Sunday, December 14, 2014

PhiLambic Solera Year Two: Top off wort

Lots of wheat.
Bottling the first pull of the Solera prior to brewing the top off batch gave me the flexibility to make some changes to the wort composition based on the flavors and aromas I was getting from the beer. I did however brew this prior to tasting a finished bottle but my overall impressions did not change much. As I lamented in more detail in both tasting notes posts the beer was a little one dimensional, tasting nice but may have been better served as a blending component then bottling straight. I am very critical of my own beer, and sometimes it may sound like I do not like it, not the case here, I am just striving for perfection. I wanted to make sure I got to know my Solera from grain to unadulterated glass in year one so I knew what I will be working with and what I may or may not want to change.

I planned this top off batch with a few goals in mind, balance out the acidity, add some malt complexity, and increase the Brett funkiness. There is a local Philly funky brewer who uses 6-Row as the base malt in all of his wild ales and they always have a nice rustic malt backbone that seems to balance the acidity really well. So I chose to pair 65% 6-Row with 35% un-malted Wheat for the grain bill and a boat load of aged hops to bitter. I know some folks don't agree but I feel that aged hops come through in the aroma of the finished beer, a character that is missing slightly in Pull #1.
Sacch rest.

In lieu of a Turbid Mash or the wort only decoction I utilized for the initial batch I decided to mash in at 113F for a Ferulic Acid rest then ramp up to 160F for conversion. The logic behind the Ferulic Acid rest is to promote the creation of spicy, clove (4 vinyl guiacol) like phenols which Brett can convert to 4 ethyl guiacol aka funky/horse blanket phenolics. I picked this info up on a post on themadfermentationist.com where Mike goes into a little more detail. This method seemed perfect as its exactly what I am looking to add to the Solera, hopefully by using this mash schedule and a more funky Brett blend I can add some complexity.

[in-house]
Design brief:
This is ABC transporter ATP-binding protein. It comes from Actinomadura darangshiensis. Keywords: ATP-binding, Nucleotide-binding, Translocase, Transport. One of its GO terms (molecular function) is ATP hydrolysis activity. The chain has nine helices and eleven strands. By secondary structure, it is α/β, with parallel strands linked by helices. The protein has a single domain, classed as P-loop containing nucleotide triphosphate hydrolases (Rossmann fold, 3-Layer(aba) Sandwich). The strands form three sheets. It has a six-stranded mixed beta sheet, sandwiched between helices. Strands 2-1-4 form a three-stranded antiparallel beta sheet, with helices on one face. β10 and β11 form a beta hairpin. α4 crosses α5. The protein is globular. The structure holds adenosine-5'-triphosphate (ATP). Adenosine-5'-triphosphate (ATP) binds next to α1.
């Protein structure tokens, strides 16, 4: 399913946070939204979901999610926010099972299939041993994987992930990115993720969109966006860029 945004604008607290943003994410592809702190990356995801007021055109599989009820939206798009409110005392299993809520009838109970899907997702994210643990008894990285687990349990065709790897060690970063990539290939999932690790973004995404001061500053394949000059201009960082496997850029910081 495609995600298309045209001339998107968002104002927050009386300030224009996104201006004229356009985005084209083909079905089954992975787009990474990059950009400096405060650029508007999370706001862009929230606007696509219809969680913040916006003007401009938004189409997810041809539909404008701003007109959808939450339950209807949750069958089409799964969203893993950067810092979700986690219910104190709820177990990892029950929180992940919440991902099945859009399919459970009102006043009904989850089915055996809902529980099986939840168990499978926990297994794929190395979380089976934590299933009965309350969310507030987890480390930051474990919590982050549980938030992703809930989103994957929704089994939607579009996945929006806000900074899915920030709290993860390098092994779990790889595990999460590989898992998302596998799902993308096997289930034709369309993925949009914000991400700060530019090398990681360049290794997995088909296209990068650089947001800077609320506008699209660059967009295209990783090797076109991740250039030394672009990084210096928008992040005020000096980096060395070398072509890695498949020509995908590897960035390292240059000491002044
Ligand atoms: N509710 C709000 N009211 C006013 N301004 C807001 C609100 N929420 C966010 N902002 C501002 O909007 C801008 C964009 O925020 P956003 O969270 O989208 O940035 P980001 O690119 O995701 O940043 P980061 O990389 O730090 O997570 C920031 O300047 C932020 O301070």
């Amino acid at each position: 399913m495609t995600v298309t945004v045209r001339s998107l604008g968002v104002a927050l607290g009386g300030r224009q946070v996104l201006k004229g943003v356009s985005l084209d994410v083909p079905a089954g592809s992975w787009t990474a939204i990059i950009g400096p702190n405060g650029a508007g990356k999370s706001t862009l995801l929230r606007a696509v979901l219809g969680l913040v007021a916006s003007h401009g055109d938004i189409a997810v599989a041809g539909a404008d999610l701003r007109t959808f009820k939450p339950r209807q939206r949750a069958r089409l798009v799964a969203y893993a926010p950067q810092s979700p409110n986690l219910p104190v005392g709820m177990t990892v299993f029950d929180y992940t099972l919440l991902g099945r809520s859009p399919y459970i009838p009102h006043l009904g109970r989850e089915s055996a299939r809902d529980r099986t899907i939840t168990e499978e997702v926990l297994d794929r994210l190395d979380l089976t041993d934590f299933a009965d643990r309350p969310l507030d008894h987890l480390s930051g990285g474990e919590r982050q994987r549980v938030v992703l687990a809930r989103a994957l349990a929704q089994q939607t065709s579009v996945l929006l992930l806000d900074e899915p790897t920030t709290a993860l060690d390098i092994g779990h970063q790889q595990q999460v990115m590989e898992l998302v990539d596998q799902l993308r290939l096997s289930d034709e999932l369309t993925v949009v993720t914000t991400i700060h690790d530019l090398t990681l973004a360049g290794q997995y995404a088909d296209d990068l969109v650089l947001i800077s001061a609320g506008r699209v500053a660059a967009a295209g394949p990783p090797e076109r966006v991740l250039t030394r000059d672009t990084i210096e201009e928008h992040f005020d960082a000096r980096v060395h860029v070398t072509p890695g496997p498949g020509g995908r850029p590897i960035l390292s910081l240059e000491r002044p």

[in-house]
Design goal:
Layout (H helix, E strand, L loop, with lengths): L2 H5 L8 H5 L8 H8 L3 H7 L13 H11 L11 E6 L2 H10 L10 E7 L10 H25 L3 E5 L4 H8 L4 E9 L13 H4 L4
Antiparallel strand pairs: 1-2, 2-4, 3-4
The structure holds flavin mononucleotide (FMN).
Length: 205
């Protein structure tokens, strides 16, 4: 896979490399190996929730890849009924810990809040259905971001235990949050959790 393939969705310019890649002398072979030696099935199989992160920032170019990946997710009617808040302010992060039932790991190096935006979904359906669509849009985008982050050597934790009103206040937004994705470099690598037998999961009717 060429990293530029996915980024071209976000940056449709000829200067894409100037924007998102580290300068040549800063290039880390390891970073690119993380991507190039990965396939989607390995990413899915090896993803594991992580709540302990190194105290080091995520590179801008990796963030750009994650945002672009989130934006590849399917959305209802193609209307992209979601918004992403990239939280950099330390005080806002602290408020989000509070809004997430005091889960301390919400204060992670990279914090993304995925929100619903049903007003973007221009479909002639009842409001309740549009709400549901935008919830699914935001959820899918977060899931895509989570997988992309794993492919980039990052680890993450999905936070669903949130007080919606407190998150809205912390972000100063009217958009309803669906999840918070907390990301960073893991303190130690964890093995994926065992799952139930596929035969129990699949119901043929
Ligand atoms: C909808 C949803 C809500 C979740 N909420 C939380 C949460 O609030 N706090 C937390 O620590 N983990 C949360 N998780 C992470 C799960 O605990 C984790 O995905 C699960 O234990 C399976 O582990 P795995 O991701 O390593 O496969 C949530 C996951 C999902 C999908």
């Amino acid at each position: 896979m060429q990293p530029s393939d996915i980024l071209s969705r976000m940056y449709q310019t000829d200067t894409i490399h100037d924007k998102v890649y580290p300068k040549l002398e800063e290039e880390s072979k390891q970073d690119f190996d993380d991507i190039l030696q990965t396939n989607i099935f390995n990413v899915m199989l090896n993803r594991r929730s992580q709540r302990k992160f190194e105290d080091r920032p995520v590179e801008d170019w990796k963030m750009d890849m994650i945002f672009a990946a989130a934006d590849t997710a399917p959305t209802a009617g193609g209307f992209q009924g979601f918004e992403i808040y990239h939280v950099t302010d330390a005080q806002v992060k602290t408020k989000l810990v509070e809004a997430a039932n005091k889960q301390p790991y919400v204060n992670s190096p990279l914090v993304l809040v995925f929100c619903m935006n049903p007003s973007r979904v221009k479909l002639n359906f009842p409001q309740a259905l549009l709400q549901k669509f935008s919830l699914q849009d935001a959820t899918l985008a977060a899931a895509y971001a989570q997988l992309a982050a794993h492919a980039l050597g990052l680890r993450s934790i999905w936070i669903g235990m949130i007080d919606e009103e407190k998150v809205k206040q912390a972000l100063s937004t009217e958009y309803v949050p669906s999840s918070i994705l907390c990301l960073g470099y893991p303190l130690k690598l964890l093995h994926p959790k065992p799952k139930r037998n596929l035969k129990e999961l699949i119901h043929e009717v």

I chose to start fermentation of the top off batch in a carboy before I racked it to the Solera. I pitched a single vial of WLP 530 and some slurry of TYB Brussels Brett Blend, which throws off more of the classic Barnyard/Horsey Brett Funkiness I am looking for. Once krausen dropped, but fermentation was still active, I racked right into the Sanke keg. I did this for a few reasons, mostly due to o2 exposure but also to minimize acidity of the top off batch. The active fermentation should blow off any o2 that got in the headspace since it sat between bottling day and racking day. But more importantly is that I moved two weeks after brew day and I wanted to move the Solera while there was still some active fermentation. I took other measures including purging and sealing the keg to minimize o2 pickup, lets see how that all works out.
A massive sack of aged hops.

One last change I made here is that I decided to scale back the size of this Solera from the Sanke keg to a 6 gallon Better Bottle filled to the very top. I added this top off batch to the Sanke, let it age for 2+ months and then racked it all into 3 separate carboys (a 6g Better Bottle and 2x 5g carboys). The other 2 carboys, nearly filled with Solera beer, was given to two friends of mine for a base to start their own Solera's with. I am actually excited for this because I will get to taste the results of how they maintain their Soleras and see how it differs from mine despite the base all originating here.